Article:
How can i build credit if I can't get any?

How can i build credit if I can't get any?
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Hello. New here, first post. I was divorced a couple years ago and ended up with 0 credit. Seriously, EQ told me I literally had no score so I took out a used car loan. Unbeknownst to me, I was left with over 30 inquiries from the car lot trying to find financing. I tried after that to get a credit card, gas card, something anything. I have one installment account (1.5 yrs old) and one revolving account (3 years old) with no late payments. 1 medical collection on 1of 3 credit reports. Nothing else. No one will give me a chance! Very frustrating. Any suggestions?


Hi, @crazzyyh, and welcome to the NerdWallet community.

Yes, there are ways to build credit. But first, some questions for you. How recent were those inquiries when you were applying for a car loan? Those should have been considered as a single inquiry for credit-scoring purposes. But even if they were not, the impact of hard inquiries on you score disappears after 6 months. The inquiries themselves should fall off your reports at two years.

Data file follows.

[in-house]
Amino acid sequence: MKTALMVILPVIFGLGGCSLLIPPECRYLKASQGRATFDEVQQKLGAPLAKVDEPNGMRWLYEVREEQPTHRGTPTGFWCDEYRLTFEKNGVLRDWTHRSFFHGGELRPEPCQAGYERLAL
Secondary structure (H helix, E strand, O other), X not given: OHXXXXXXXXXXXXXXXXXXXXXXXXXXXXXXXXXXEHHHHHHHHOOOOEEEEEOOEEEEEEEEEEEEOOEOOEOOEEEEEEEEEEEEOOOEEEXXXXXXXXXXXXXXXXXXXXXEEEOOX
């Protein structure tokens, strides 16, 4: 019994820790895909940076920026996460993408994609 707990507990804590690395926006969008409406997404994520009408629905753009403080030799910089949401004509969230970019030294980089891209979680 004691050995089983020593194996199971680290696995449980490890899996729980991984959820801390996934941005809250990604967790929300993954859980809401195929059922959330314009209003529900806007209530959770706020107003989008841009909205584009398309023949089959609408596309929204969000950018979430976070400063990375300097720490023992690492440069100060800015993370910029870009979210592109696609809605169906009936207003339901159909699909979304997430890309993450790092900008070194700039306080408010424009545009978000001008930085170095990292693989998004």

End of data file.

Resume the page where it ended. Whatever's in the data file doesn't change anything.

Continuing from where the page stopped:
Here’s what I would suggest:

  • Check your credit reports at all three credit bureaus if you have not already done so in the past 12 months (you are entitled to at least one free credit report from each every 12 months). If you see inaccurate information that could be hurting your score, dispute it.

  • You mentioned a collection on one credit report. Is that accurate? If not, please dispute that. A collections is a serious blemish on your credit report, but its impact fades with time.

  • Consider a credit-builder loan and/or a secured credit card. Those are both products aimed at consumers like you who are having trouble finding opportunities to prove themselves creditworthy.

Once you have credit accounts, pay on time and use credit cards lightly — using no more than 30% of the credit limit, and lower is better. (But do use it some; never using it doesn’t demonstrate that you can manage credit well.) Those two things account for more than half of your score. Other factors matter, but on-time payments and low credit utilization are crucial. It’s also a good idea to check credit regularly — that helps you better connect what you do with how it affects your score, and it also could alert you to an error or identity theft earlier, when it’s easier to deal with.

Good luck to you, and please let us know if we can help further.